The grief process is very unique and no two people grieve the same at the same time. There is no right or wrong way to grieve. Men grieve differently from women. Children grieve differently from adults, and younger children grieve differently from older children. All children will regrieve losses at each developmental level. The grieving process is a series of "stages" or "experiences". This does not mean that grievers step from one stage to the next in an orderly way. These are not linear, but "dips" and "valleys."



This stage allows the griever to gradually absorb the full realization of the death. If fortunate enough to have close family, they will assist them in funeral plans, phone calls, etc., and others will not be as needed then. This first stage is very short and usually ends not long after the funeral and the mourner moves into the second stage.   Continued...    

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Marolyn Morford
When Death Comes to Your Family: How You Can Help Your Child

                  Marolyn Morford, Ph.D.

Your second child was stillborn. Your child's grandfather, your father, died suddenly. The mother of your child's best friend died after a long illness. Your family dog had to be put down due to illness. How can you help your child cope? Not all children and families respond the same to loss, and children have different temperaments and understanding at different ages. Here are some general suggestions that can help you and your child through this time.

1. Be honest with your child as soon as possible: if an important family member or pet has died, for example, do not hesitate to talk to your child about the event, when appropriate. Don't wait for the child to hear about it through the community or a less-than-thoughtful sibling.

2. Don't use substitute words such as "sleeping with angels," "went to sleep," "went away," or that the person or animal was "lost". These are called euphemisms; they substitute one word for another to soften or distance the meaning, but can also create confusion and anxiety. You know what you mean, but your child may be understanding the concrete meaning of those words and become fearful of going to sleep at night, or of you going to sleep at night, or of you becoming lost. You can use the terms 'death' and 'dead'. This is how your child will learn about these words and concepts.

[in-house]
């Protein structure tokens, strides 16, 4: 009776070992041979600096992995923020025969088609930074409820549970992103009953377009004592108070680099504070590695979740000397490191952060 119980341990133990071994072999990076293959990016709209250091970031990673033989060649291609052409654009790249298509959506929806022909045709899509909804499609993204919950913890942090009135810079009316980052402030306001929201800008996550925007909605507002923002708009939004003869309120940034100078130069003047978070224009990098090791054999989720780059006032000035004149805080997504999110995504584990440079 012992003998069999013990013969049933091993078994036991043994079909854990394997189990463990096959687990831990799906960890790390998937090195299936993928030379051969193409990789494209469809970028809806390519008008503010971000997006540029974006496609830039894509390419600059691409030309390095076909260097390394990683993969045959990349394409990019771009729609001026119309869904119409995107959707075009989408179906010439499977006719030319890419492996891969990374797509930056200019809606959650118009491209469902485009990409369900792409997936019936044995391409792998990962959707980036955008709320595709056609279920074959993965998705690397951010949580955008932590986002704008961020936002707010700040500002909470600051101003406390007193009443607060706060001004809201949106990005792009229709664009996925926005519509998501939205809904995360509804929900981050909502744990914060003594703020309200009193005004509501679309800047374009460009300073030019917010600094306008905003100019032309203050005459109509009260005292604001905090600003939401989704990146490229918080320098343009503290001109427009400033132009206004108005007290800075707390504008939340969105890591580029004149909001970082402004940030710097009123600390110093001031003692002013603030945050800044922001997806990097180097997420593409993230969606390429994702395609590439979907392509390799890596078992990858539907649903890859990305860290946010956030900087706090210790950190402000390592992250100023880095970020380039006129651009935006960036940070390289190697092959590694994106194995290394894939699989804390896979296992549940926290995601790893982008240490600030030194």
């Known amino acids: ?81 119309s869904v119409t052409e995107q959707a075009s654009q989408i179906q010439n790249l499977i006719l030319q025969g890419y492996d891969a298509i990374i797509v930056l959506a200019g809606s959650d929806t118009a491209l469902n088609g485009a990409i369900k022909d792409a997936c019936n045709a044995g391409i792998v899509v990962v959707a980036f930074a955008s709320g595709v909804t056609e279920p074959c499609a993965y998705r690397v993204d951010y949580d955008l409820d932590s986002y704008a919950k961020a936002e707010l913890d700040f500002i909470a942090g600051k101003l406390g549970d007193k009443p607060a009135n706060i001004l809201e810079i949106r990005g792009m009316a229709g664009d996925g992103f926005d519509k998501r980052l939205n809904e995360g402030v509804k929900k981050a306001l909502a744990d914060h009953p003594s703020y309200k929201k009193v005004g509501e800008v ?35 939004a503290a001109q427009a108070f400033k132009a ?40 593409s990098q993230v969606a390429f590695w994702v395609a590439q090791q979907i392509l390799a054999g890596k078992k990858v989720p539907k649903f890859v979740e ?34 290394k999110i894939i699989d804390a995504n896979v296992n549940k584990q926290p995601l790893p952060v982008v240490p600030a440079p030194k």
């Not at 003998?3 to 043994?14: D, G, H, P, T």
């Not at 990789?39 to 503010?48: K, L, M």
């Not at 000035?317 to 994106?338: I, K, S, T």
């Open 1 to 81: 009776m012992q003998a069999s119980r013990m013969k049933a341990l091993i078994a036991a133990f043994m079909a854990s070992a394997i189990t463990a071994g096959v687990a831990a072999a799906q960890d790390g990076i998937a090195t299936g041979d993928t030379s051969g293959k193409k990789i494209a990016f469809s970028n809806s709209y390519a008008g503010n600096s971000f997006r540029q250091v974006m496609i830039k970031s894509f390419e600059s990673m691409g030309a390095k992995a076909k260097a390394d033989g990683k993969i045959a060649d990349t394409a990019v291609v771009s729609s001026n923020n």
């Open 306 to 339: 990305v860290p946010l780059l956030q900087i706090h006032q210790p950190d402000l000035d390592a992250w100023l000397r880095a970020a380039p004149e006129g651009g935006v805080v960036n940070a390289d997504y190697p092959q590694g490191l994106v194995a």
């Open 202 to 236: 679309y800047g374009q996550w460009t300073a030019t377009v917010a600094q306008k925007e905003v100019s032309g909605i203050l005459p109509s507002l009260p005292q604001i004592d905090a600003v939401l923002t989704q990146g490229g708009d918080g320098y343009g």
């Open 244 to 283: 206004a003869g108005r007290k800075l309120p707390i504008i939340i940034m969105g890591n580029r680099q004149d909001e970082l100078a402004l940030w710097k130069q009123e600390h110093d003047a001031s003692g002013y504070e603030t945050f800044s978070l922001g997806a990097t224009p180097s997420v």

3. Don't assume children will be traumatized by learning about death or loss. Children have such a capacity for resilience, our genetic package having developed successfully over thousands of years of adverse conditions. In the recent and distant past, we had nary a support group and saw much more loss due to disease, malnutrition and occupational hazards. Young children, especially, are able to tolerate loss, even more so if their primary bonds remain stable. Continued...

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Dorothy Ashman

I Never Thought this Would Happen!

How to Help Teens Deal with Suicide Grief

                 Terri Erbacher, Ph.D.

Has your child lost a friend or loved one to suicide?